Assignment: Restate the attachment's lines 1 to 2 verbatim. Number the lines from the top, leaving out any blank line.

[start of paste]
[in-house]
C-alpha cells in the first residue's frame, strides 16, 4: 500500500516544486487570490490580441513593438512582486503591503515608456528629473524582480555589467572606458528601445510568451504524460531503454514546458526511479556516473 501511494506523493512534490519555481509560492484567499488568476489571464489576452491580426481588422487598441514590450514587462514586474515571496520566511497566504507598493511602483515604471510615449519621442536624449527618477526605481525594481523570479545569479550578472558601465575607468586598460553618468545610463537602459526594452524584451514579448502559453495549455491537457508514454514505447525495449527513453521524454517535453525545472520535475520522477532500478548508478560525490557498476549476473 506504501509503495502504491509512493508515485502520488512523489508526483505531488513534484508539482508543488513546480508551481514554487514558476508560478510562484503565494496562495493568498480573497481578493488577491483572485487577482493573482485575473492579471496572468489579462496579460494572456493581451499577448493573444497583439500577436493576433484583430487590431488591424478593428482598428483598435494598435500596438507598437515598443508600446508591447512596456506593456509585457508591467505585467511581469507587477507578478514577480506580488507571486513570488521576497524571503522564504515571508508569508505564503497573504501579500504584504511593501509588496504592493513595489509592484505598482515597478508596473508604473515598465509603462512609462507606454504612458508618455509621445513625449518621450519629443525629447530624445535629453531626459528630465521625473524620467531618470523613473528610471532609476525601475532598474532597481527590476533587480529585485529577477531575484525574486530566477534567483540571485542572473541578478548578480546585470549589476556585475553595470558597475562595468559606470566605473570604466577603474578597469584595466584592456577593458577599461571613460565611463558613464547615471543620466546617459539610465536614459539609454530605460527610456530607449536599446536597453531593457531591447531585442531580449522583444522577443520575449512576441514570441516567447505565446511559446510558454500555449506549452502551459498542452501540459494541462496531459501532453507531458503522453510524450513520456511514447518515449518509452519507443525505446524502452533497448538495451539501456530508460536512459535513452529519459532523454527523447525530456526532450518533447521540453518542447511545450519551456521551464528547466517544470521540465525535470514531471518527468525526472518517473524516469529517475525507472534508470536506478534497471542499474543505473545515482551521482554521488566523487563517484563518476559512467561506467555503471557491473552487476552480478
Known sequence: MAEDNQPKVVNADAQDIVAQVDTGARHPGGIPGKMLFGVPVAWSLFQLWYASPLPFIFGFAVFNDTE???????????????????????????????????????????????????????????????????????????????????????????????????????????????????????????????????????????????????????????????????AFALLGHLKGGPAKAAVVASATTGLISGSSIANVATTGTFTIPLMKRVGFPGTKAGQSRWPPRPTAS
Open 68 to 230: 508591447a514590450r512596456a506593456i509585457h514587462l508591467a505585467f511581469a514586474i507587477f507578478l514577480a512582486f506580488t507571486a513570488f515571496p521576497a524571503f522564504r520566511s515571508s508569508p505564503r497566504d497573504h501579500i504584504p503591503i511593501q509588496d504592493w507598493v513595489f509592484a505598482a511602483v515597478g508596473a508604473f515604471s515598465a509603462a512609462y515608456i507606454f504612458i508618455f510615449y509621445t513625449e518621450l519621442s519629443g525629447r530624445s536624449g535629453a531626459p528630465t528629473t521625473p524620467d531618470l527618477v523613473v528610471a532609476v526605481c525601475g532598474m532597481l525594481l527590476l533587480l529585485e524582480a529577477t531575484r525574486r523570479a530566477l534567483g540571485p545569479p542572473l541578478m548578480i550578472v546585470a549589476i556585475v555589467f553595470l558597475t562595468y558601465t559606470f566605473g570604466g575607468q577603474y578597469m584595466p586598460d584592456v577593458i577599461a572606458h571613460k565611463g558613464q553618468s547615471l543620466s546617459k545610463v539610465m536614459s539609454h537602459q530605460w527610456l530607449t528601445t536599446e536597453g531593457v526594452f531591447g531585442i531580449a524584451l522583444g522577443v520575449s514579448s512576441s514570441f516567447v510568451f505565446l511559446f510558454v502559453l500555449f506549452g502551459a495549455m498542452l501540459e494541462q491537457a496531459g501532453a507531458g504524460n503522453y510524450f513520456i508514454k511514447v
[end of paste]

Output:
[in-house]
C-alpha cells in the first residue's frame, strides 16, 4: 500500500516544486487570490490580441513593438512582486503591503515608456528629473524582480555589467572606458528601445510568451504524460531503454514546458526511479556516473 501511494506523493512534490519555481509560492484567499488568476489571464489576452491580426481588422487598441514590450514587462514586474515571496520566511497566504507598493511602483515604471510615449519621442536624449527618477526605481525594481523570479545569479550578472558601465575607468586598460553618468545610463537602459526594452524584451514579448502559453495549455491537457508514454514505447525495449527513453521524454517535453525545472520535475520522477532500478548508478560525490557498476549476473 506504501509503495502504491509512493508515485502520488512523489508526483505531488513534484508539482508543488513546480508551481514554487514558476508560478510562484503565494496562495493568498480573497481578493488577491483572485487577482493573482485575473492579471496572468489579462496579460494572456493581451499577448493573444497583439500577436493576433484583430487590431488591424478593428482598428483598435494598435500596438507598437515598443508600446508591447512596456506593456509585457508591467505585467511581469507587477507578478514577480506580488507571486513570488521576497524571503522564504515571508508569508505564503497573504501579500504584504511593501509588496504592493513595489509592484505598482515597478508596473508604473515598465509603462512609462507606454504612458508618455509621445513625449518621450519629443525629447530624445535629453531626459528630465521625473524620467531618470523613473528610471532609476525601475532598474532597481527590476533587480529585485529577477531575484525574486530566477534567483540571485542572473541578478548578480546585470549589476556585475553595470558597475562595468559606470566605473570604466577603474578597469584595466584592456577593458577599461571613460565611463558613464547615471543620466546617459539610465536614459539609454530605460527610456530607449536599446536597453531593457531591447531585442531580449522583444522577443520575449512576441514570441516567447505565446511559446510558454500555449506549452502551459498542452501540459494541462496531459501532453507531458503522453510524450513520456511514447518515449518509452519507443525505446524502452533497448538495451539501456530508460536512459535513452529519459532523454527523447525530456526532450518533447521540453518542447511545450519551456521551464528547466517544470521540465525535470514531471518527468525526472518517473524516469529517475525507472534508470536506478534497471542499474543505473545515482551521482554521488566523487563517484563518476559512467561506467555503471557491473552487476552480478